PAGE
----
Not So Rigid Weaver

Musings on weaving on a Rigid Heddle Loom and beyond

A few thoughts on sustainability and textiles on Earth Day

Today is Earth Day!

I thought I’d take a moment to discuss the impact of textiles and the fashion industry on the environment.

The modern fashion industry, and in particular so called ‘fast fashion’, produces a massive amount of waste. Globally we produce about twice as much clothing as we did 20 years ago, and we probably had more than enough back then! Much of this clothing is made out of cheap synthetic fabrics which don’t decompose. Discarded clothing often ends up being shipped to Africa where some of it gets re-sold but much of it ends up in dumps there. The fashion industry is responsible for approximately 8-10% of global CO2 emissions, contributing more than aviation and shipping combined to climate change. And much of this is to produce low quality items that get worn a couple times before being discarded. What a waste!

The biggest problem is overconsumption of clothing, though some of this is driven by clothing that is very low quality to begin with that wears out quickly. The best way to reduce your impact is to take care of and repair the clothing you already have to extend it’s life, and, when you buy new things, buy second hand and/or higher quality items, or consider renting where appropriate (though relying on this for every day wear can add to shipping waste!). Visible Mending is a great trend (loom waste aka thrums makes great darning yarn!), and if you sew upcycling items can be another way to extend the life of fabrics while also being creative.

The most sustainable thing is the thing you already have!

To reduce your impact as a weaver, there’s many projects you can do to reuse textiles, particularly as weft. Old sweaters can be unraveled back into yarn, t-shirts can be cut into t-shirt yarn, and other fabrics can be used for rag weaving - I grew up with placemats made of denim strips woven by my grandmother. You can also get lots of yarn second hand at thrift stores, estate sales, and de-stash events. And shop your stash! Yarn you already have is more sustainable than new yarn.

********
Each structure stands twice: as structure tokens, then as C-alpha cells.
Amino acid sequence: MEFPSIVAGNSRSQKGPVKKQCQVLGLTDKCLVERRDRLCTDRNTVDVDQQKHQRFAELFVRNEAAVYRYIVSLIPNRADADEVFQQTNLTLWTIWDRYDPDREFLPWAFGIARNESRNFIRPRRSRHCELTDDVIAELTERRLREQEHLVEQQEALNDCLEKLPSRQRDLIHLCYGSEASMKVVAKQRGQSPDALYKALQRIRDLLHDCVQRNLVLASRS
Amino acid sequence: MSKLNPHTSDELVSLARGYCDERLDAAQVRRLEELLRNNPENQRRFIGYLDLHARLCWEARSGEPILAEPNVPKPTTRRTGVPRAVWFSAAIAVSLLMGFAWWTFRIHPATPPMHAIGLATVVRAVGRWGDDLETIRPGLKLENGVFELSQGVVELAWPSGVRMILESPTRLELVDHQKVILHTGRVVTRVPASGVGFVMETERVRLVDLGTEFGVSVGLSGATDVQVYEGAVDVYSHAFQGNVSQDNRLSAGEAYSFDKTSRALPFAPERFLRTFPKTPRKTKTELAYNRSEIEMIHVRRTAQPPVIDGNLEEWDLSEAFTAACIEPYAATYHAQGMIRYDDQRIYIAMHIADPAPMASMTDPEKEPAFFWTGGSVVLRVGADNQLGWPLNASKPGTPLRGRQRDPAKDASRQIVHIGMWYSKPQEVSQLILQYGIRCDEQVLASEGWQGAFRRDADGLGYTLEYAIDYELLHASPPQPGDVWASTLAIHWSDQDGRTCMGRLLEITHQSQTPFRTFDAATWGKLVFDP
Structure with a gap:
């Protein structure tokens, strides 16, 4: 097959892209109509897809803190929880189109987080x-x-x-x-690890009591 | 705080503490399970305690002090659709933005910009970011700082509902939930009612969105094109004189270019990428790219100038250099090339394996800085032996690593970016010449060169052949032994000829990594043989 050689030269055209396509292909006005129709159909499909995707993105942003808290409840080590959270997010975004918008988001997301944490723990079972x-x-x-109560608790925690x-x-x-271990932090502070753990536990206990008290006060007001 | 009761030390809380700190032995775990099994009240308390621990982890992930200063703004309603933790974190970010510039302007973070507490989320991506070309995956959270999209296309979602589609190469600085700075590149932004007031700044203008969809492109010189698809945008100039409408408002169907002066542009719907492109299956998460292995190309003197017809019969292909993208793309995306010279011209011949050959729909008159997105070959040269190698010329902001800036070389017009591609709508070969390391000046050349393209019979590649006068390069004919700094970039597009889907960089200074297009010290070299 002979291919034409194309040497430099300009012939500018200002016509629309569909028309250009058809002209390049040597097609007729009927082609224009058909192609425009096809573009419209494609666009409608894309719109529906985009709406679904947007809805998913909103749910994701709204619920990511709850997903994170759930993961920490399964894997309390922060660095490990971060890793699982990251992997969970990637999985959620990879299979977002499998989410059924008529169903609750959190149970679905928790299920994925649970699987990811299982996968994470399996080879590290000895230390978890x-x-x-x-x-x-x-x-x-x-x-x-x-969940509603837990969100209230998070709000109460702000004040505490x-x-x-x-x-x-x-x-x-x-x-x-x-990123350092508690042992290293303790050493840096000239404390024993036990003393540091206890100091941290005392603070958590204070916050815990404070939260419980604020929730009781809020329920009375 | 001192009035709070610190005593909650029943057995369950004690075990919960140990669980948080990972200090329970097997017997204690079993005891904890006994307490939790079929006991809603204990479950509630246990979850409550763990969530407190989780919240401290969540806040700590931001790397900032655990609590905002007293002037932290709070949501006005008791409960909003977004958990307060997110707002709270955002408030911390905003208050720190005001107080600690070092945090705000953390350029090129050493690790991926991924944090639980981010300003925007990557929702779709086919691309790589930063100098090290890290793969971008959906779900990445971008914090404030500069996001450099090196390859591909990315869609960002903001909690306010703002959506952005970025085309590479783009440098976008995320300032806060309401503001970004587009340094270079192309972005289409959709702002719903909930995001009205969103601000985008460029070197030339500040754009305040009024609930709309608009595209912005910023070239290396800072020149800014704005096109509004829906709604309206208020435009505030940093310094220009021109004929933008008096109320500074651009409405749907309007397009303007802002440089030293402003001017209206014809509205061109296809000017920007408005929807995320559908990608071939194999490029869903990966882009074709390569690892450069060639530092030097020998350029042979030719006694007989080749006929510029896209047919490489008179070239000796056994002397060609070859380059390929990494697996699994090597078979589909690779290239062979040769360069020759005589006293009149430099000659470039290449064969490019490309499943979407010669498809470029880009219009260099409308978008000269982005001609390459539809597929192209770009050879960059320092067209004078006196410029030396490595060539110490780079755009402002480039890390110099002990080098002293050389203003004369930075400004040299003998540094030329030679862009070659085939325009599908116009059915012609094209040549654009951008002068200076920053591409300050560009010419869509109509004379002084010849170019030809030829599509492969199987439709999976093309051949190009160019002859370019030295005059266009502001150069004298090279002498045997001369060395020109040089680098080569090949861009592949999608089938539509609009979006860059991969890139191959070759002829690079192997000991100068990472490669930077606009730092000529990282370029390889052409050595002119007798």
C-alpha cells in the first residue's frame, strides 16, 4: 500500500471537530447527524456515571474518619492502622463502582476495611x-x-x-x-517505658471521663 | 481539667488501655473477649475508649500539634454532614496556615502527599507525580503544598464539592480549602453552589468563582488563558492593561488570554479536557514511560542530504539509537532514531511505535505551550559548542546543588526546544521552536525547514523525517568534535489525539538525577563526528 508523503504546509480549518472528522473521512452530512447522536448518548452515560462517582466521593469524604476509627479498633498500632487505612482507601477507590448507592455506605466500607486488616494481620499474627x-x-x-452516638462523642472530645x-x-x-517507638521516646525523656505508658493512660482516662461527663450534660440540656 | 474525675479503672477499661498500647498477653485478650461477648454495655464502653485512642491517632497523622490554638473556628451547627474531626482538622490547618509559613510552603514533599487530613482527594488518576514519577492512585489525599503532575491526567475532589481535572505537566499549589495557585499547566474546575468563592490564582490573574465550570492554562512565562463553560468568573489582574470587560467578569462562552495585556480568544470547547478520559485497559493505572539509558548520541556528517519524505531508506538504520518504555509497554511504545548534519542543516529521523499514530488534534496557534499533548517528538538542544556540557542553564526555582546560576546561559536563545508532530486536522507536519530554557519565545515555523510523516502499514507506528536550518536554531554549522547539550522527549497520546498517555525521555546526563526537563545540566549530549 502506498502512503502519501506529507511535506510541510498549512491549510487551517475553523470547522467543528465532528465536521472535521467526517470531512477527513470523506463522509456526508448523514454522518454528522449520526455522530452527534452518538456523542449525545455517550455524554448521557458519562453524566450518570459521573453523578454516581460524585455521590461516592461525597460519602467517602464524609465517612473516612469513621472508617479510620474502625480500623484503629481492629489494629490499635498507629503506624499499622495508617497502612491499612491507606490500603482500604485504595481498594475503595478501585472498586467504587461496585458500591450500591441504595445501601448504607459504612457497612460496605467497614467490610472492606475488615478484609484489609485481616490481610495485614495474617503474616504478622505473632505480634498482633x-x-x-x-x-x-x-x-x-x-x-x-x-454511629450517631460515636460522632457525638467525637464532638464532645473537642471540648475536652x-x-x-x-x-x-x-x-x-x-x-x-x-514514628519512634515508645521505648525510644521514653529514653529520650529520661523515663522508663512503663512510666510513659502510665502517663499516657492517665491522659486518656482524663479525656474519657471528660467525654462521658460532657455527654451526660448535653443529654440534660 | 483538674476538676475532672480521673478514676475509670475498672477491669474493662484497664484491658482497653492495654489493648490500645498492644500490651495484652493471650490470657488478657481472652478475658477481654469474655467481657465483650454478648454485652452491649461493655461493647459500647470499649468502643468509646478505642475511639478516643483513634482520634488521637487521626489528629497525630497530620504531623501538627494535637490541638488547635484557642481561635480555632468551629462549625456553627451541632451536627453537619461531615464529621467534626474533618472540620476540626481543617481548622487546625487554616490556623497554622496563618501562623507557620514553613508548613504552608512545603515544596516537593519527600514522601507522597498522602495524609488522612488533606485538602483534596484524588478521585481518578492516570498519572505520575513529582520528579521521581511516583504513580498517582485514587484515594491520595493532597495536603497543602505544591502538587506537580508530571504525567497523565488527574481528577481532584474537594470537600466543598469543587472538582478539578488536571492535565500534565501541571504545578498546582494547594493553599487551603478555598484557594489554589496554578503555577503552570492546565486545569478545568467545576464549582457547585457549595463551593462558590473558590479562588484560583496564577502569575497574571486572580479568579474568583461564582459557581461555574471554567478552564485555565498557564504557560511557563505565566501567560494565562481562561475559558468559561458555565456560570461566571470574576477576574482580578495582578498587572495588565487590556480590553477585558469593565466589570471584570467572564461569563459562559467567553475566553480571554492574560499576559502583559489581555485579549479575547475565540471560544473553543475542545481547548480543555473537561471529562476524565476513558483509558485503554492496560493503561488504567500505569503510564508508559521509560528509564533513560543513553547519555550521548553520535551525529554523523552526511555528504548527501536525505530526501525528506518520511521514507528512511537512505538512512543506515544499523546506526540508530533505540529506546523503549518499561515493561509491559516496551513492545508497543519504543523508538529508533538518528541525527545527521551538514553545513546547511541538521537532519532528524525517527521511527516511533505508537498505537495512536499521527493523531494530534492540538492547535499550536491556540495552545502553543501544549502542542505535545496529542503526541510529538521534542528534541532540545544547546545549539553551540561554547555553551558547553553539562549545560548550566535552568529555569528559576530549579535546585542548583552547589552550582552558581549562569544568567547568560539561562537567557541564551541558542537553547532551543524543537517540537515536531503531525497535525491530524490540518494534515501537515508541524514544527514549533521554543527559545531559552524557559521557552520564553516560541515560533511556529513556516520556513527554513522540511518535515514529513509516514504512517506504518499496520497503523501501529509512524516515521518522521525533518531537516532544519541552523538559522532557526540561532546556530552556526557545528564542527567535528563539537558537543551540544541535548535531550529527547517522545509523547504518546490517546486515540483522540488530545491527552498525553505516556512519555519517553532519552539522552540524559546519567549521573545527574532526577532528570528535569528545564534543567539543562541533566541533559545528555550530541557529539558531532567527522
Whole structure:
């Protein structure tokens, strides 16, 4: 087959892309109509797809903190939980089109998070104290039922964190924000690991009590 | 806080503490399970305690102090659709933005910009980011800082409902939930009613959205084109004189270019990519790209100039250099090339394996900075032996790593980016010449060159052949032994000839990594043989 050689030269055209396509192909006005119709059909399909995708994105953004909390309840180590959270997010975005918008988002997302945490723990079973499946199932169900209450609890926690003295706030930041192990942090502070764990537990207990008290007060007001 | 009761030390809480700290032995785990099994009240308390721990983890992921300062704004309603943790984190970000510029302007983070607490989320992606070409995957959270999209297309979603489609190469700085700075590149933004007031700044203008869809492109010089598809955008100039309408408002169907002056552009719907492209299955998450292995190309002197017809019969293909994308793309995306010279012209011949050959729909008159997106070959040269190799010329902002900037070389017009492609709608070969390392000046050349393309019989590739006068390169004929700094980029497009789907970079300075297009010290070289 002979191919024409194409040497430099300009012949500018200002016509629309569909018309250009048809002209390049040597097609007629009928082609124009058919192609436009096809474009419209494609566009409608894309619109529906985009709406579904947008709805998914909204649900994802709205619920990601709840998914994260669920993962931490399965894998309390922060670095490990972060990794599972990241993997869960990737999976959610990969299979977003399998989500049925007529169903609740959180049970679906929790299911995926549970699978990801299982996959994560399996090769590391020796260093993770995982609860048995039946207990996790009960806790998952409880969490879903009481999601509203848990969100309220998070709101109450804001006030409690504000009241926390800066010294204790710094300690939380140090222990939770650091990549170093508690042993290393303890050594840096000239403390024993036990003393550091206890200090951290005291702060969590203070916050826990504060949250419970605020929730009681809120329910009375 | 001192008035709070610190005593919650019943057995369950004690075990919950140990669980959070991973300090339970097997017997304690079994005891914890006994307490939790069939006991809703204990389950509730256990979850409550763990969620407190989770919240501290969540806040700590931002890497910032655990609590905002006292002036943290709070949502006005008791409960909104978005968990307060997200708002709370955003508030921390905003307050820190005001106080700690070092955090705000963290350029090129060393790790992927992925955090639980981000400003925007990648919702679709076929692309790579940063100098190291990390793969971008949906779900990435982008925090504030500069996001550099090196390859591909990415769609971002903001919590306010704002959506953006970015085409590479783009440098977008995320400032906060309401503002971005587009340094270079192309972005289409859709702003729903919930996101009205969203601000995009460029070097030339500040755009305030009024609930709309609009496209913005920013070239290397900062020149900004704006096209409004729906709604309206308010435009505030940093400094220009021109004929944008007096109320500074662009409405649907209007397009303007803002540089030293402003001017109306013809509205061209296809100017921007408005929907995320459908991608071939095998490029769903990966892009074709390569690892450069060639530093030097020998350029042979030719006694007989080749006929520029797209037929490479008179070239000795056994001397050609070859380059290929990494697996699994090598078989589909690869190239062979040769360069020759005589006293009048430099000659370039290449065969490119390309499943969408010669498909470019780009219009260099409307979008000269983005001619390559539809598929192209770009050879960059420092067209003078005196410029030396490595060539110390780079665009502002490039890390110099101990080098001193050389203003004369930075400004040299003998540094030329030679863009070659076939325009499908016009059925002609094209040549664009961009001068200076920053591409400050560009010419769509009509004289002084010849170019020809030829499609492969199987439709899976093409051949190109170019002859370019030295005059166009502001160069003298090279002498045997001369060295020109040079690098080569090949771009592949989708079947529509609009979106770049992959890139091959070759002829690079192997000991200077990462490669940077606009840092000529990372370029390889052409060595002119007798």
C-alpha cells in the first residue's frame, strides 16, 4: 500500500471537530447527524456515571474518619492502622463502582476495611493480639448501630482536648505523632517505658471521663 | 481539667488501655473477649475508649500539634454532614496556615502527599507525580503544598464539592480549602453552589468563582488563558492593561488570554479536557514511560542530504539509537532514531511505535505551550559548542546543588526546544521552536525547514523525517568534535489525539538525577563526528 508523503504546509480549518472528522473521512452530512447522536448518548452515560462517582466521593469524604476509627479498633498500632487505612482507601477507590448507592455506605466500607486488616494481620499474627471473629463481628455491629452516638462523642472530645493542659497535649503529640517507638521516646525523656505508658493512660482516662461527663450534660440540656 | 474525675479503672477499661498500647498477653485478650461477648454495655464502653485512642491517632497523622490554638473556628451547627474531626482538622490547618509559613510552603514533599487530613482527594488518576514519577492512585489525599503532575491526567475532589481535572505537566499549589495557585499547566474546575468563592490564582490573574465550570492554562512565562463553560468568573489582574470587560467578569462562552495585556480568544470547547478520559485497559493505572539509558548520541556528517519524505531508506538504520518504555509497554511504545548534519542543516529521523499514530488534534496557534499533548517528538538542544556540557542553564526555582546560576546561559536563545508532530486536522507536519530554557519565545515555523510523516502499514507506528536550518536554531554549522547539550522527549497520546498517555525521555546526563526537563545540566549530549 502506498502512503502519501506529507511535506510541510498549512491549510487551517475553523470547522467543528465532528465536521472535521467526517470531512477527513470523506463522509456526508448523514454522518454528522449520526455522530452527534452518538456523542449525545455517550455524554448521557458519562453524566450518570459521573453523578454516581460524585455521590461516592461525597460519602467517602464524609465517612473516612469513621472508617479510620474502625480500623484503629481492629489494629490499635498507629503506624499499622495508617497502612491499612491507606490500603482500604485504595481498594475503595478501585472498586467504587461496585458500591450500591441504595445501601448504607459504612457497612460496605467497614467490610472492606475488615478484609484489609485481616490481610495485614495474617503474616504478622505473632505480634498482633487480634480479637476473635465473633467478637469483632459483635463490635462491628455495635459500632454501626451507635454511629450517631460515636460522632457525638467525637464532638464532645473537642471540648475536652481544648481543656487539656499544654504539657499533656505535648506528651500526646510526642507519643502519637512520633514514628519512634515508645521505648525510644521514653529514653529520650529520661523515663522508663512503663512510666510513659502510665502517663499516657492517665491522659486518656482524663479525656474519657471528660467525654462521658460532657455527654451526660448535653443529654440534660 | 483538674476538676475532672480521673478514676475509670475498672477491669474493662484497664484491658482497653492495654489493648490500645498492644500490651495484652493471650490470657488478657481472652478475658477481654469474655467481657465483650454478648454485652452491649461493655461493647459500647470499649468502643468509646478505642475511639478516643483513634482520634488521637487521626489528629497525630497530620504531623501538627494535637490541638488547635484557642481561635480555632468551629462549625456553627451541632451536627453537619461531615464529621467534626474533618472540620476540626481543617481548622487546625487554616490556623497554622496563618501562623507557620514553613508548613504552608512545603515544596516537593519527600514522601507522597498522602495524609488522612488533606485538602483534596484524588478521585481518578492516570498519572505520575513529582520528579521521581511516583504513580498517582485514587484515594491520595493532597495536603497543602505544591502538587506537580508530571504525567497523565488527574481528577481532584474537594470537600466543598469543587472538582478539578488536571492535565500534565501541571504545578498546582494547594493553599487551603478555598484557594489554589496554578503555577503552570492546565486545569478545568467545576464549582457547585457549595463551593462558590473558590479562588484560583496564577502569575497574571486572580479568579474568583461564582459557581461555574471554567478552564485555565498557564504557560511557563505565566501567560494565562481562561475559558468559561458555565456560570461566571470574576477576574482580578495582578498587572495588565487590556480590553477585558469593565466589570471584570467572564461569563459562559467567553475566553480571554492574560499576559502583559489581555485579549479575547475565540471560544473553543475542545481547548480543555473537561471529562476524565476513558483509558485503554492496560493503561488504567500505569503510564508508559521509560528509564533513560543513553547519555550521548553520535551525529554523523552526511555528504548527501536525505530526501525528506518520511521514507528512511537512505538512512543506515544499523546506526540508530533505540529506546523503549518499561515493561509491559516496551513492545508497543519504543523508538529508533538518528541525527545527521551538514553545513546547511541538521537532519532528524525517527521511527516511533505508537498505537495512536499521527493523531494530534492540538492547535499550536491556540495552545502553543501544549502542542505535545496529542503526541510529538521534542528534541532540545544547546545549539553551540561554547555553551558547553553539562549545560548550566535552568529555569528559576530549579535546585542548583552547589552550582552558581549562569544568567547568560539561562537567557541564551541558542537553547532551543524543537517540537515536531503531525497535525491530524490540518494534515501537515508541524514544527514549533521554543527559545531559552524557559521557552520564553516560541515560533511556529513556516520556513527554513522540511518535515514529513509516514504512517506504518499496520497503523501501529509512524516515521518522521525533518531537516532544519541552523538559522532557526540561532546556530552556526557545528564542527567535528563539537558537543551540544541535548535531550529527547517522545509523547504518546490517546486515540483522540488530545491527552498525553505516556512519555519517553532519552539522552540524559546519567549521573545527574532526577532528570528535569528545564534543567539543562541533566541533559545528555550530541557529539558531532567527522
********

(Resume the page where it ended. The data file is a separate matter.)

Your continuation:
You can also try to obtain more locally produced materials. Fibershed (or Fibreshed in some countries!) is an international movement that started in California promoting local textile systems and slow fashion. For example, here in Canada, our wool supply is very much under-utilized and many fleeces go to waste. It’s often easier to obtain local yarn than truly local fabric, but as a weaver you can make your fabric!

And take some time to learn about the environmental impacts of different fiber and dye types, and consider that when buying yarn - but no fiber is perfect, and it's also important to use a suitable fiber for the intended use case so that the item is actually used!

5 things weavers can do to reduce their impact: Use your weaving projects to reuse textiles, Shop thrift stores, estate stales, de-stash events, and your own stash, Support local yarn producers, Learn about the impacts of different types of yarns, Use your thrums for darning and mending

Personally, for clothing I am trying to buy fewer, high quality items that are as local as possible, and be conscious about my use of synthetic materials to where they provide the most benefit; for yarn I’ve taken advantage of some guild events to pick up some second hand yarn, and I try to support my local yarn producers as much as possible when I do buy new, and I’ve learned a lot about the environmental impact of rayon and decided to stick to Tencel within that family of yarns.

The more you make your own items the more you appreciate them!

Check out Not So Rigid Designer, my online weaving software for rigid heddle loom weavers!